Objectives: To assess the risk of postpartum maternal death associated with region, and to examine whether the quality of care received by the women who died differed by region.
Design: A national case-control study.
Population: Selected from recent nationwide surveys, 328 postpartum maternal deaths from 2001 through 2006 as cases; and a representative sample (n = 14 878) of women who gave birth in 2003 as controls.
Methods: Crude and adjusted odds ratios (aOR) of maternal death associated with region were calculated with logistic regression, and the quality of care for women who died was compared according to region with chi-square tests or Fisher's exact tests.
Main outcome measures: Risk of postpartum maternal death associated with region, and quality of care.
Results: After adjustment for maternal age and nationality, the risk of maternal death was higher in the Ile-de-France region (aOR 1.6, 95% CI 1.2-2.0) and the overseas districts (aOR 3.5, 95% CI 2.4-5.0) than in the group for the rest of continental France. In both regions, the excess risk of death from haemorrhage, amniotic fluid embolism and hypertensive disorders was significant. In continental France, after further controlling for women's obstetric characteristics, the risk of maternal death in Ile-de-France remained higher (aOR 1.8. 95% CI 1.3-2.6). The women in the cases groups received suboptimal care more frequently in Ile-de-France than in the other continental regions (64% versus 43%, P = 0.01).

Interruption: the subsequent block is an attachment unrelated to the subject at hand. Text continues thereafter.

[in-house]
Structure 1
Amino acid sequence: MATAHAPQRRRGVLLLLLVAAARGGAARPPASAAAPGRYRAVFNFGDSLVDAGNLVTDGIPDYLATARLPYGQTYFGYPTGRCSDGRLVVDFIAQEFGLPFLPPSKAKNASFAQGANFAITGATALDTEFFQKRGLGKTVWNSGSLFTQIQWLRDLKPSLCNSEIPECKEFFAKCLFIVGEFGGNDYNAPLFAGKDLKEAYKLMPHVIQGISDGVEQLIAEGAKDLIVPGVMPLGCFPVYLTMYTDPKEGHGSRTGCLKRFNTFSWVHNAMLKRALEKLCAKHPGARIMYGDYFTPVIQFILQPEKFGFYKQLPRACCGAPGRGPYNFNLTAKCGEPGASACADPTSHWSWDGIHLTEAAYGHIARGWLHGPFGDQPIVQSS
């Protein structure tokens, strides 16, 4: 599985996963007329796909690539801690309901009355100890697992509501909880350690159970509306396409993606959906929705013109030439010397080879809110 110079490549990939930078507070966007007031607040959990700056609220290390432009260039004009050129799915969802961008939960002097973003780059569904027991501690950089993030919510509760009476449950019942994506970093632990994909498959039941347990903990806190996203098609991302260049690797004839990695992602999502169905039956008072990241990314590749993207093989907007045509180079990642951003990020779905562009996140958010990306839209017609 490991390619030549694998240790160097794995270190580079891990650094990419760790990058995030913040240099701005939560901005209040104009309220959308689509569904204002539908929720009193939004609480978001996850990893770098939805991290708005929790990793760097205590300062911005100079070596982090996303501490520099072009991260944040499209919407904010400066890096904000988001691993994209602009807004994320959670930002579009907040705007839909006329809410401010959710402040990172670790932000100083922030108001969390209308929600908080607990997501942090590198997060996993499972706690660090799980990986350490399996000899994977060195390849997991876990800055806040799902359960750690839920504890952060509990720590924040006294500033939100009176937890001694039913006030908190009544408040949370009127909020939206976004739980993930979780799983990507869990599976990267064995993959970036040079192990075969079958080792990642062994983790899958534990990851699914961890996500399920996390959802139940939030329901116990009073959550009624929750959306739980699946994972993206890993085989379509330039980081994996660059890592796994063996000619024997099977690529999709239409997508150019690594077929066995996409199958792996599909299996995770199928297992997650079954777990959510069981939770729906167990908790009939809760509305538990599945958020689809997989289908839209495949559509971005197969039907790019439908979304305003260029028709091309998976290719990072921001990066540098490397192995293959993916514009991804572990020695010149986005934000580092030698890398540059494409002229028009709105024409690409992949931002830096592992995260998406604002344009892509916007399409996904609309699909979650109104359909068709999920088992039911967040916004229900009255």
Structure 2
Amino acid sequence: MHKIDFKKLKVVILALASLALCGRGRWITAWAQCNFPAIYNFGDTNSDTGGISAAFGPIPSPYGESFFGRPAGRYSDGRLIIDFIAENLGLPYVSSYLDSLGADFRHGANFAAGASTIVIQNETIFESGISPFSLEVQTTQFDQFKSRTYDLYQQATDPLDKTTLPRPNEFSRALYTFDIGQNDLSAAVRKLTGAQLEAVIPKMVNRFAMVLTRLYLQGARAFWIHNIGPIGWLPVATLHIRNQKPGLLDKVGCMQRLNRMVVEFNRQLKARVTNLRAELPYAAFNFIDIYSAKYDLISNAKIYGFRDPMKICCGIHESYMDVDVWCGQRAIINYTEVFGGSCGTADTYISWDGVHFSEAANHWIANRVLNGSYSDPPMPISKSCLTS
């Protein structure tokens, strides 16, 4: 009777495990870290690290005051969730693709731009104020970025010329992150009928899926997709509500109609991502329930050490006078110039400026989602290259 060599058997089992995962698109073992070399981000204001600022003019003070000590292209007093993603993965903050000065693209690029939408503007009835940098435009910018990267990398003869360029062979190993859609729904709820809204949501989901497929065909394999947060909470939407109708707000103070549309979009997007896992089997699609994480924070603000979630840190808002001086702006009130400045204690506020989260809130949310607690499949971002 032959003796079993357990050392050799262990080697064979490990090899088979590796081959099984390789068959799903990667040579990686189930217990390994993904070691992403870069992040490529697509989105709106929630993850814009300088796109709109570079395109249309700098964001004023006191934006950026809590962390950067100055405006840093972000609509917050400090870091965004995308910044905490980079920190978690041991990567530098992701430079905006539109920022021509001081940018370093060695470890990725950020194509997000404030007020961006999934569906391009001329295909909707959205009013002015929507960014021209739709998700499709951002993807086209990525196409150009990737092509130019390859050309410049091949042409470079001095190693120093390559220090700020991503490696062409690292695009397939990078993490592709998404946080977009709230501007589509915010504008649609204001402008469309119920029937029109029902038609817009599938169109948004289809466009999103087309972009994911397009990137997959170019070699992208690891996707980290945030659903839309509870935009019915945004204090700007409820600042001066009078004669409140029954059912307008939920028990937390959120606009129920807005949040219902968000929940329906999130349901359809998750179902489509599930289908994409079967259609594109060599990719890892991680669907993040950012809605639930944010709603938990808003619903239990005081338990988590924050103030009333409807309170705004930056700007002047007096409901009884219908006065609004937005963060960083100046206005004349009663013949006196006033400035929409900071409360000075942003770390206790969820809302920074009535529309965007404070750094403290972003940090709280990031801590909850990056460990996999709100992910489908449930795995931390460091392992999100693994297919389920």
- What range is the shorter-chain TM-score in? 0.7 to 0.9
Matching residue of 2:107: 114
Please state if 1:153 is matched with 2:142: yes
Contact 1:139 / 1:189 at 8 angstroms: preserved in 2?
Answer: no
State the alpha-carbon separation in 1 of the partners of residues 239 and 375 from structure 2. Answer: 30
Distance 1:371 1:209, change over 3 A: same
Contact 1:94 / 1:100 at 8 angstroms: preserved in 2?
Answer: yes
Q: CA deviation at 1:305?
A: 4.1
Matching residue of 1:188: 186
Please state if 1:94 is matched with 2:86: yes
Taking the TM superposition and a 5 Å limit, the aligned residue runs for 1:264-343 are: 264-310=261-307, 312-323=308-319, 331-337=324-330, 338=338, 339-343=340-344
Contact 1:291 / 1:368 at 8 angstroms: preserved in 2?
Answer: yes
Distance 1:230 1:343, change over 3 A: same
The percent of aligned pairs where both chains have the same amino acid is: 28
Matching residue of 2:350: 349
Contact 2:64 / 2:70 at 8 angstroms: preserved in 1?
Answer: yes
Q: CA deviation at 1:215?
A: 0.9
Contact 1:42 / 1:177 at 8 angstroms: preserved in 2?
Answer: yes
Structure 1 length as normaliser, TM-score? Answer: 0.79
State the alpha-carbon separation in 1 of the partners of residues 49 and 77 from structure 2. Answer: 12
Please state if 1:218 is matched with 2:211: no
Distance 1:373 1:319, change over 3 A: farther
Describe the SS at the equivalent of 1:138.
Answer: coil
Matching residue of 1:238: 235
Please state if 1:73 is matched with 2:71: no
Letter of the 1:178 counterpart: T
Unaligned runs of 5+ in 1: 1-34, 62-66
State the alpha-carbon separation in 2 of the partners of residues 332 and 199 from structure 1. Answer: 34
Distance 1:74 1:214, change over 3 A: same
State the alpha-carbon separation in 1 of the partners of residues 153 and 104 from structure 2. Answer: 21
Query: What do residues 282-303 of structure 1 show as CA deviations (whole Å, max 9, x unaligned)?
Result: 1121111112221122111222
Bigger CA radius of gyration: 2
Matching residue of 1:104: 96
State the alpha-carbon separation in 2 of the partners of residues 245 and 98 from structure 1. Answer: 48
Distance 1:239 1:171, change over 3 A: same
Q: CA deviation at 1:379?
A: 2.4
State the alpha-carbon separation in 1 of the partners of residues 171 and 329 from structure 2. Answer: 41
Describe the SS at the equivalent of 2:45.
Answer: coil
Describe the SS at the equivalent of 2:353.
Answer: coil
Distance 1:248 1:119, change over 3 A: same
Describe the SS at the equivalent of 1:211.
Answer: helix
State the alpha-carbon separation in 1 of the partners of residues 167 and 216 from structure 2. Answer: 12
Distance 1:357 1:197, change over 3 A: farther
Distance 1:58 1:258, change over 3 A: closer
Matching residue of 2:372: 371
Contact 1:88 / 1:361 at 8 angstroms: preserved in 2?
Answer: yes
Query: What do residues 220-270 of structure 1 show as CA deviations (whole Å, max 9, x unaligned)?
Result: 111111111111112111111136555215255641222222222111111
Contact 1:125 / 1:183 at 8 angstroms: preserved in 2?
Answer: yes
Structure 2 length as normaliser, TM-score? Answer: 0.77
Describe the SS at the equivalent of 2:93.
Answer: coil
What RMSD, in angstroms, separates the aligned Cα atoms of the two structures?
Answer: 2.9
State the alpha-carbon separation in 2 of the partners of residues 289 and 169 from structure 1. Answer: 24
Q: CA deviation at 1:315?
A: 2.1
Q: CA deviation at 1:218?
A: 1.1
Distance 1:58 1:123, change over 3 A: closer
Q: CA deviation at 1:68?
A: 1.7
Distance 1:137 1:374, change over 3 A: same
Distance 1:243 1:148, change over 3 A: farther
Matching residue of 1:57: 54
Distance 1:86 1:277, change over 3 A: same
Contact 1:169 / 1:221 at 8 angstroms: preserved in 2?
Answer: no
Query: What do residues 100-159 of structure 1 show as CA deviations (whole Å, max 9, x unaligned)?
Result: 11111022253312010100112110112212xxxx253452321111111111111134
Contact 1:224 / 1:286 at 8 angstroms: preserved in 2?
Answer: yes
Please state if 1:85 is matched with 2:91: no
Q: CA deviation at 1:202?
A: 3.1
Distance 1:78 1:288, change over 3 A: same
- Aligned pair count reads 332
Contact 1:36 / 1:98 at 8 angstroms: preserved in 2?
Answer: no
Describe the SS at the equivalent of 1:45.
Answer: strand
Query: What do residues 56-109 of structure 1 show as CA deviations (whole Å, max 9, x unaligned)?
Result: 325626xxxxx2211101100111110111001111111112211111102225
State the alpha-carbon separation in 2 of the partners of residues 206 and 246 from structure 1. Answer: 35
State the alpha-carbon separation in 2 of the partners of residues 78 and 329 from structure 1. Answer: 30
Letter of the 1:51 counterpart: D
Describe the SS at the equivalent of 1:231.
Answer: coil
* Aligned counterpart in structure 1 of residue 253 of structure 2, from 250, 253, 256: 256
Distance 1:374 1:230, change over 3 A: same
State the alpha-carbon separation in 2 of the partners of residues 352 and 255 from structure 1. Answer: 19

Conclusions: These results suggest that quality of care and organisation of health services may play a role in the differential risk of maternal mortality between regions in France. Research on severe maternal morbidity and its determinants is needed to clarify the mechanisms involved.
© 2011 The Authors BJOG An International Journal of Obstetrics and Gynaecology © 2011 RCOG.